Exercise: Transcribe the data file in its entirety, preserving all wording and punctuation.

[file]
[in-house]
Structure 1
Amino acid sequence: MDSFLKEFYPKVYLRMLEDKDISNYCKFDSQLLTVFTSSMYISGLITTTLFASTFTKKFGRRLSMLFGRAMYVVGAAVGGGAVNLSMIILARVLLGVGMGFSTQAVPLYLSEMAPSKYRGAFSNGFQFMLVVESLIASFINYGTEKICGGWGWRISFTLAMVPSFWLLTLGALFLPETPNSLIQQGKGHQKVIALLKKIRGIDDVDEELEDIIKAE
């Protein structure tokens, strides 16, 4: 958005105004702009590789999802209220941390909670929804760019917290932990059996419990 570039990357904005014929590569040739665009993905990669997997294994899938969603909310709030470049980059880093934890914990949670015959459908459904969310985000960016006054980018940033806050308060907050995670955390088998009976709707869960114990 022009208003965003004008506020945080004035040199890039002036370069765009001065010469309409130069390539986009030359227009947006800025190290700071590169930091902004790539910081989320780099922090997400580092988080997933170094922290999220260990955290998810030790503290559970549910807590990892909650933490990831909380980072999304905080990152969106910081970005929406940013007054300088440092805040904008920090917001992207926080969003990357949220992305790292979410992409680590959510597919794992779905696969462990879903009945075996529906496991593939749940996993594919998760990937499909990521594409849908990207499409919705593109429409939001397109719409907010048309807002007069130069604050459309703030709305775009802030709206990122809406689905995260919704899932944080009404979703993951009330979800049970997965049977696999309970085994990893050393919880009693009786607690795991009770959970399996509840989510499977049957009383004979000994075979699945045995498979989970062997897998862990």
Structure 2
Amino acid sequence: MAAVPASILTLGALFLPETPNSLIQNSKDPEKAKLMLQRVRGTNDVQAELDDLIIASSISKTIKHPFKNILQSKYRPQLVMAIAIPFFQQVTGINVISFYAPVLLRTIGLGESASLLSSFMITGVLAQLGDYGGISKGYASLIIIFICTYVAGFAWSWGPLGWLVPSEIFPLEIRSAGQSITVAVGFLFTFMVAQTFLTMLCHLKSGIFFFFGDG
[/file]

[in-house]
Structure 1
Amino acid sequence: MDSFLKEFYPKVYLRMLEDKDISNYCKFDSQLLTVFTSSMYISGLITTTLFASTFTKKFGRRLSMLFGRAMYVVGAAVGGGAVNLSMIILARVLLGVGMGFSTQAVPLYLSEMAPSKYRGAFSNGFQFMLVVESLIASFINYGTEKICGGWGWRISFTLAMVPSFWLLTLGALFLPETPNSLIQQGKGHQKVIALLKKIRGIDDVDEELEDIIKAE
């Protein structure tokens, strides 16, 4: 958005105004702009590789999802209220941390909670929804760019917290932990059996419990 570039990357904005014929590569040739665009993905990669997997294994899938969603909310709030470049980059880093934890914990949670015959459908459904969310985000960016006054980018940033806050308060907050995670955390088998009976709707869960114990 022009208003965003004008506020945080004035040199890039002036370069765009001065010469309409130069390539986009030359227009947006800025190290700071590169930091902004790539910081989320780099922090997400580092988080997933170094922290999220260990955290998810030790503290559970549910807590990892909650933490990831909380980072999304905080990152969106910081970005929406940013007054300088440092805040904008920090917001992207926080969003990357949220992305790292979410992409680590959510597919794992779905696969462990879903009945075996529906496991593939749940996993594919998760990937499909990521594409849908990207499409919705593109429409939001397109719409907010048309807002007069130069604050459309703030709305775009802030709206990122809406689905995260919704899932944080009404979703993951009330979800049970997965049977696999309970085994990893050393919880009693009786607690795991009770959970399996509840989510499977049957009383004979000994075979699945045995498979989970062997897998862990």
Structure 2
Amino acid sequence: MAAVPASILTLGALFLPETPNSLIQNSKDPEKAKLMLQRVRGTNDVQAELDDLIIASSISKTIKHPFKNILQSKYRPQLVMAIAIPFFQQVTGINVISFYAPVLLRTIGLGESASLLSSFMITGVLAQLGDYGGISKGYASLIIIFICTYVAGFAWSWGPLGWLVPSEIFPLEIRSAGQSITVAVGFLFTFMVAQTFLTMLCHLKSGIFFFFGDG